They didn’t acknowledge my tweet, so I tweeted a couple more responses, variations on a theme. And then they did read out the first tweet on the programme. But it started me thinking, and weighing up the coverage.

And, medicating for depression is still seemingly unacceptable. According to mainstream media, and the internet (if you don’t look hard enough). I have lost count of the interviews, reportage, websites, blogs, whatever, that I have read that claim that ‘talking therapy’ is the best solution, and even if drugs do work, folk should still be talking. Talking talking talking.

But what about being listened to? Which brings me back to my tweet to Scotland Tonight. I thought about their non-acknowledgement and asked them (again via twitter) how they felt about asking vulnerable people to share experiences via a public forum and then not even acknowledging the testimony. They didn’t respond to that. Now I know this is stretching a point, but don’t request information from people who admit they are struggling with (amongst other things) self confidence, and not give them the appreciation they will be subconciously asking for by providing that testimony.

And… maybe talking isn’t always the answer. In fact one of the major symptoms of my depression is avoiding conversation, and certainly talking to a stranger about my feelings was not something I was even half prepared to think about, for fear of a complete collapse. So I took Prozac for two years before I was even slightly ready to consider talking about my mental health. And then it was essential that I was taking the drug whilst I underwent the CBT. And then there was no way I was going to survive without CBT if I wasn’t taking Prozac.

Which all goes to say – This is a drug which stabilises me. It isn’t something I ‘use’ for fun, or as an alternative to thinking cognitively about my behaviour. It’s the first time in my life that I’ve felt stable. Not normal. Normal is not something I aspire to, I just want to be able to function in society – to be able to engage in small talk, to have self-confidence and to leave the house of a morning. I wish I had found it years ago, decades ago frankly, and then I wouldn’t have lost so many friends or missed out on so many experiences because I was too anxious to leave the house and interact with the world.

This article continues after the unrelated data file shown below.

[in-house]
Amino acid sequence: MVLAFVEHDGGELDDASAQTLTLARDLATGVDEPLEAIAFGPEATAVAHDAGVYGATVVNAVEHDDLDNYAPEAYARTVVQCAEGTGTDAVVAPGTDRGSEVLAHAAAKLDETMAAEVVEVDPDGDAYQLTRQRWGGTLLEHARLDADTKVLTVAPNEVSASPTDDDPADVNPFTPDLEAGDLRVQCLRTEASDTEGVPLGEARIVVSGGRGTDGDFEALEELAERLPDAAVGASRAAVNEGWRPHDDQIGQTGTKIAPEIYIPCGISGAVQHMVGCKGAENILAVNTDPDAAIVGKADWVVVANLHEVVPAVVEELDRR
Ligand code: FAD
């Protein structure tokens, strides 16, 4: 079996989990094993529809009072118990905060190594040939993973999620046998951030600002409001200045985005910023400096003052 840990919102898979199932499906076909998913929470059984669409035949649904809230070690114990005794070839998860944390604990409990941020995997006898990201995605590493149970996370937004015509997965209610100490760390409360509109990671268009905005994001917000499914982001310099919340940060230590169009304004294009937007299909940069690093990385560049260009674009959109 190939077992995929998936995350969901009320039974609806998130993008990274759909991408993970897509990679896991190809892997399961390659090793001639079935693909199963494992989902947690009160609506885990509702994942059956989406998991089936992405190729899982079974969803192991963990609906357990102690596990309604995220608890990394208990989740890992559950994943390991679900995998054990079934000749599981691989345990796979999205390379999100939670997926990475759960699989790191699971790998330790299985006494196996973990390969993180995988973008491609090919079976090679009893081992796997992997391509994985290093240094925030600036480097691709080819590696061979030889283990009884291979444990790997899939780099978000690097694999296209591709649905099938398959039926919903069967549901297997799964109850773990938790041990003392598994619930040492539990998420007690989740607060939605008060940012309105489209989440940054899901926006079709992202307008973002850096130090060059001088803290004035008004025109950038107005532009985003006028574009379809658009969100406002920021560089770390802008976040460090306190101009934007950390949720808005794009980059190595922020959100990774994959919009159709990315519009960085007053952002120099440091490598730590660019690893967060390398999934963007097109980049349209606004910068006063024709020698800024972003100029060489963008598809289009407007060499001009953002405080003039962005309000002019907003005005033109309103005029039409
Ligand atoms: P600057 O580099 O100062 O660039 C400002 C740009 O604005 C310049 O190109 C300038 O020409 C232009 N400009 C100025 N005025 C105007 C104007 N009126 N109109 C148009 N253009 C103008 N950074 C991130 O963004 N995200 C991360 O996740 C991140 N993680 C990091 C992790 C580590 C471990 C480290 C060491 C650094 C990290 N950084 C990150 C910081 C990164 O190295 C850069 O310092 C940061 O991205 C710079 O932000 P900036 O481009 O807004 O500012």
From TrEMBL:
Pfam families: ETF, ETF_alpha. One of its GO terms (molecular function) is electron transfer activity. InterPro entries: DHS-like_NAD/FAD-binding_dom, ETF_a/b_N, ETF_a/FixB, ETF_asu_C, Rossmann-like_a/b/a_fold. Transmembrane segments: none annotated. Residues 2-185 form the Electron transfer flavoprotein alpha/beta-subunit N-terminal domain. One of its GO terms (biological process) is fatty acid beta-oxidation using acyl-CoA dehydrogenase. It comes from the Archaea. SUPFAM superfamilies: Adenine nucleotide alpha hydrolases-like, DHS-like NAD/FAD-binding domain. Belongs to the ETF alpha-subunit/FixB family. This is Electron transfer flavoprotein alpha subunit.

So, I have a request. I know some people don’t find that Prozac suits them, and that some people’s experience is worse than awful, and that there have been suicides linked to Prozac. BUT, for some people it is a life saver, a hugely positive alternative to a life of unexplained sadness and anxiety. And I worry that it is hard to find those positive stories, and that the media skew their reporting against what is, at the end of the day, a massively succesful treatment. There are caveats, as there are with all medications, but I just wish I could see or read one story that accurately reflected my experience.

Oh and, please don’t employ the pejorative ‘use’ in relation to Prozac. No-one ‘uses’ chemotherapy or drugs to relive the symptoms of alzheimers. They take a medication to relieve their condition. And so do I.

Advertising 2

Okay, now this is an advert that when I first saw it I was amused at the ridiculousness, and then I discovered others were too.

But they keep running it – and developing it.

The ad in question: the EDF dancing poo.

Who? Who in their right mind thinks this is a good promotional tool?

Advertising

There are some adverts which make me imagine a room full of ad execs, exhausted after weeks of testing different scenarios, just being like ‘ah, fuck it, this’ll do’. Because I can’t imagine anyone in their right mind thinking the idea for the advert is actually worthwhile.

Today’s choices include:

The Cuprinol shed paint advert where the couple are awakened by a crying shed. The male half of the couple tries to pacify the shed with a bottle of milk, but sensible female partner realises shed needs a coat of paint. Hmm. Yes.

The advert for washing at cold temperatures where ‘sometimes mother doesn’t know best’. I think the wearing of red (without it fading) is meant to be significant but the sheer inanity of the ad just makes me want to wash my clothes at whichever temperature I please. Oh, and don’t get me started on why, as a feminist I am annoyed by this ad.

More to follow…